Negative connotations: In modern times, the term “bear” (xiong) is used to describe a bear market or declining stock prices. It is also used as an insult to describe someone who is weak or incompetent.
Bear in mythology: The bear plays an important role in Chinese mythology. In the central position of Chinese gods is a “divine bear.” All the kings of the Chu Kingdom were called “Bear Kings,” and there were more than 20 “Bear Kings” recorded in the historical text, “Shiji.” In the Wei and Jin tombs in the western part of the Hexi Corridor, rows of bears can be seen. The Hezhe people, an ethnic minority in China, have a traditional bear totem made from fish skin.
Bear as a masculine symbol: In Chinese culture, the bear is often associated with masculinity and courage, just as the snake is associated with femininity. Dreaming of a bear is considered a sign of giving birth to a son. In Chinese astronomy, the Big Dipper, also known as the “Northern Dipper,” is composed of seven stars and is often referred to as the “Northern Seven Stars” or “Northern Bear.”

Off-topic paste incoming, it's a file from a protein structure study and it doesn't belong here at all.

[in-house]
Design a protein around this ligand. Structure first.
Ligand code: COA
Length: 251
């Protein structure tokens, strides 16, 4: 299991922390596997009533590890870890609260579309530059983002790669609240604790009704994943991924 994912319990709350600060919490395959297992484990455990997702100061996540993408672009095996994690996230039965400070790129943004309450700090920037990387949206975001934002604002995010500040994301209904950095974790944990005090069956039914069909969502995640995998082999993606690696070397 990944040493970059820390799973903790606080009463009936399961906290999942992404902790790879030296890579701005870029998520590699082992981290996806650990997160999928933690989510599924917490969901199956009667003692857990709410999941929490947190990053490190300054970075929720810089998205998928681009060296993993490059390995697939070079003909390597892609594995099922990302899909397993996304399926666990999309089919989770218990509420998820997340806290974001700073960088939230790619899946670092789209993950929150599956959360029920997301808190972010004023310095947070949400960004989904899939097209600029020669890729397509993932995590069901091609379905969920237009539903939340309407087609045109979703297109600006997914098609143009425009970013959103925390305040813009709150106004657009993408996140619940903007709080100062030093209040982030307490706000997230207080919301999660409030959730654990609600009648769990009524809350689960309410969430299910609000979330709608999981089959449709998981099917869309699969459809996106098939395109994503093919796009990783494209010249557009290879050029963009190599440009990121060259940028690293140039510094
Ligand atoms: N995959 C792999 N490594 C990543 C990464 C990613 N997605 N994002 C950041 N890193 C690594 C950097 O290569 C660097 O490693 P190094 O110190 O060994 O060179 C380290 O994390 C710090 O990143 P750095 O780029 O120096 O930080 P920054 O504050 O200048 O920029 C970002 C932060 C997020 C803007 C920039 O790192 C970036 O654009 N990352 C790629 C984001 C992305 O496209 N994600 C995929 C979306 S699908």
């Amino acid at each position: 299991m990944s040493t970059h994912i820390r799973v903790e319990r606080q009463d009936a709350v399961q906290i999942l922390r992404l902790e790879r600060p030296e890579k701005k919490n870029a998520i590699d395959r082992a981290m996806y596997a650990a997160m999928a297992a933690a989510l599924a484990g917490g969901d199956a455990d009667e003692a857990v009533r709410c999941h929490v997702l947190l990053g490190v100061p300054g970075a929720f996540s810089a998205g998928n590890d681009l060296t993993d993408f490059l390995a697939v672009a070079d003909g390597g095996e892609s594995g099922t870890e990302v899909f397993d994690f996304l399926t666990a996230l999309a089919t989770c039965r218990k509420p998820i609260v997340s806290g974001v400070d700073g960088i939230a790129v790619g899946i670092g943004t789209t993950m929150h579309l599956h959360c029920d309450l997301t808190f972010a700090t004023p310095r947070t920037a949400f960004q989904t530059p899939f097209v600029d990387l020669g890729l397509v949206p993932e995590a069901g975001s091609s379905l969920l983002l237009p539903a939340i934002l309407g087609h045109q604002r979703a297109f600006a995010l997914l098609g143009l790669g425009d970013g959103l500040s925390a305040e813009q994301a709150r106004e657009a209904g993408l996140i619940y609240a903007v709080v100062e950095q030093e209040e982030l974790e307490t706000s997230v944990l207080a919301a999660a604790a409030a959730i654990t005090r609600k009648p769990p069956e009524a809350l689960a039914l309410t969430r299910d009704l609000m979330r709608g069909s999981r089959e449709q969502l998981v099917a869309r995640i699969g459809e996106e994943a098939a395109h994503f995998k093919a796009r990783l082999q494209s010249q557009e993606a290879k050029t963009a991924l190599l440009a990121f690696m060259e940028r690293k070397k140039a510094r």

King Wen of Zhou dreamt of a bear with wings, and he desperately needed someone who was both knowledgeable and skilled in warfare to assist him. He searched long and hard for such a person. One day, he had a dream that a strange beast with wings flew into his arms. The next day, he had someone divinate and was told that he would find the person he was looking for near the Wei River. He led his men to the Wei River and found Jiang Shang, who was fishing with a straight hook. Jiang Shang, who called himself Fei Xiong (flying bear), was then brought into the court. He had the abilities of Yi Yin and helped both King Wen and King Wu of Zhou. He led the army to defeat the tyrant, and he saved the people from calamity. Jiang Shang was the first great hero of the Zhou dynasty.